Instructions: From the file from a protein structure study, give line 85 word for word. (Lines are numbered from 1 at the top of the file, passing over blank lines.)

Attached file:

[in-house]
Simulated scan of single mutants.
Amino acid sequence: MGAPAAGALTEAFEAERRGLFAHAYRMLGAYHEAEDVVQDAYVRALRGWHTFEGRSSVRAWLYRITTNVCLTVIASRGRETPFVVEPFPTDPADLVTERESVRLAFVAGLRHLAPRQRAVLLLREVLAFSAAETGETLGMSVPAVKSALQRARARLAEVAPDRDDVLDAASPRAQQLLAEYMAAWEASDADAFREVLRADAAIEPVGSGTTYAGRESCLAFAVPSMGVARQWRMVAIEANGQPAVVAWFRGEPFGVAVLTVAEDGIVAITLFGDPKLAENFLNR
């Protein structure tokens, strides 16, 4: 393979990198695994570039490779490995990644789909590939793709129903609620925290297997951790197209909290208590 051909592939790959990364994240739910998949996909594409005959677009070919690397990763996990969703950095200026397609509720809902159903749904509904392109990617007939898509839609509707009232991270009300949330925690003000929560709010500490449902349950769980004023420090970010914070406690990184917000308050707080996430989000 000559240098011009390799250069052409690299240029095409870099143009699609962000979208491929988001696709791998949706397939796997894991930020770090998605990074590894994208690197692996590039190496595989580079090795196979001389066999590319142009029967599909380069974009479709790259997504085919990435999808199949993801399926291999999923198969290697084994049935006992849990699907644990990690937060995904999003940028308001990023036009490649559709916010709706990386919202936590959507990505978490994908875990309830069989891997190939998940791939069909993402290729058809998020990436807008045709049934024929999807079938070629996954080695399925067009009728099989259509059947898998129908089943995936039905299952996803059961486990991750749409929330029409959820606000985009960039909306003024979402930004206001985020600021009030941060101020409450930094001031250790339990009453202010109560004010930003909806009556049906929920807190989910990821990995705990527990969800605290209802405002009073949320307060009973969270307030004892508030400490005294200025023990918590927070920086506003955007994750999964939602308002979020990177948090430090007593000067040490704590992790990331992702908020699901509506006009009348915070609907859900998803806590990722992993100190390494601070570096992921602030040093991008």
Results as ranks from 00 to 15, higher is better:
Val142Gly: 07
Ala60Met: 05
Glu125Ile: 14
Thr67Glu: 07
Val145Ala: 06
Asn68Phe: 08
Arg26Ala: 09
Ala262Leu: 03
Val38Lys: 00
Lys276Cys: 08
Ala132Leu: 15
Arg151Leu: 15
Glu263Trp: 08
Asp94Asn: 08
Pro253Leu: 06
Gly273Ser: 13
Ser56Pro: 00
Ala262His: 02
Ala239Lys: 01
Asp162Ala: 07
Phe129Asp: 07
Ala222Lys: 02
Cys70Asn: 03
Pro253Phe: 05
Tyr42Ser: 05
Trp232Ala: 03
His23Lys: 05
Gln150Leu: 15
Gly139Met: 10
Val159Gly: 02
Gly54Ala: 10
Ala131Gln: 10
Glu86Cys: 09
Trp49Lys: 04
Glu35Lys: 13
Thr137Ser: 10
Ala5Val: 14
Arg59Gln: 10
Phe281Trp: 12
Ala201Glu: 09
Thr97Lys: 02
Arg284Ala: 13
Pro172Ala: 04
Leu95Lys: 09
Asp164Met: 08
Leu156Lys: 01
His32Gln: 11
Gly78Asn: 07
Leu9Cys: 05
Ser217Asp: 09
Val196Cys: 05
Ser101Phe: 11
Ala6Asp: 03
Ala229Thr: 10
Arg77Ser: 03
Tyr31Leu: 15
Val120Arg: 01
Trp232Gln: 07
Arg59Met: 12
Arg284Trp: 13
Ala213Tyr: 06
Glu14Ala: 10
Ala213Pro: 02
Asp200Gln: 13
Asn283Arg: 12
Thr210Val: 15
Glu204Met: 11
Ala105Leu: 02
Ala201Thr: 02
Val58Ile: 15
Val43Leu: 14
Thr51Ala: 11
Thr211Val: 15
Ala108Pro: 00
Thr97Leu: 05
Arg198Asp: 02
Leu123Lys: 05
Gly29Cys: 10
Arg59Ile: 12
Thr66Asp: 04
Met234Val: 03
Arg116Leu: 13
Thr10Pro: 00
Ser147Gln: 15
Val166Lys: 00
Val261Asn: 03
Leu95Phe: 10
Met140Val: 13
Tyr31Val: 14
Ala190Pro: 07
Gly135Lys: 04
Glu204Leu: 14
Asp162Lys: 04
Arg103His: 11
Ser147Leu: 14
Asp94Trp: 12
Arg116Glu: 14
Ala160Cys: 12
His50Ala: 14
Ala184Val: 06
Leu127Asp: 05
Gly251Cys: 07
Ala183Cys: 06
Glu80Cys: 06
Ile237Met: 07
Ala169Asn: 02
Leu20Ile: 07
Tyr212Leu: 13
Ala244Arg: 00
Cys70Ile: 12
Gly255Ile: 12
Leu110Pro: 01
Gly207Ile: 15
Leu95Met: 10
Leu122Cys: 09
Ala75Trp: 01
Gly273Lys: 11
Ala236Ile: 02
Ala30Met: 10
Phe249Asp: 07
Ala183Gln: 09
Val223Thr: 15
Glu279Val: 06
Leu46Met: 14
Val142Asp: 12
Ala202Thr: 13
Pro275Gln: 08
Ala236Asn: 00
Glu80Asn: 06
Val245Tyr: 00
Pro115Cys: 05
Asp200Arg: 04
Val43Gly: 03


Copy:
Thr66Asp: 04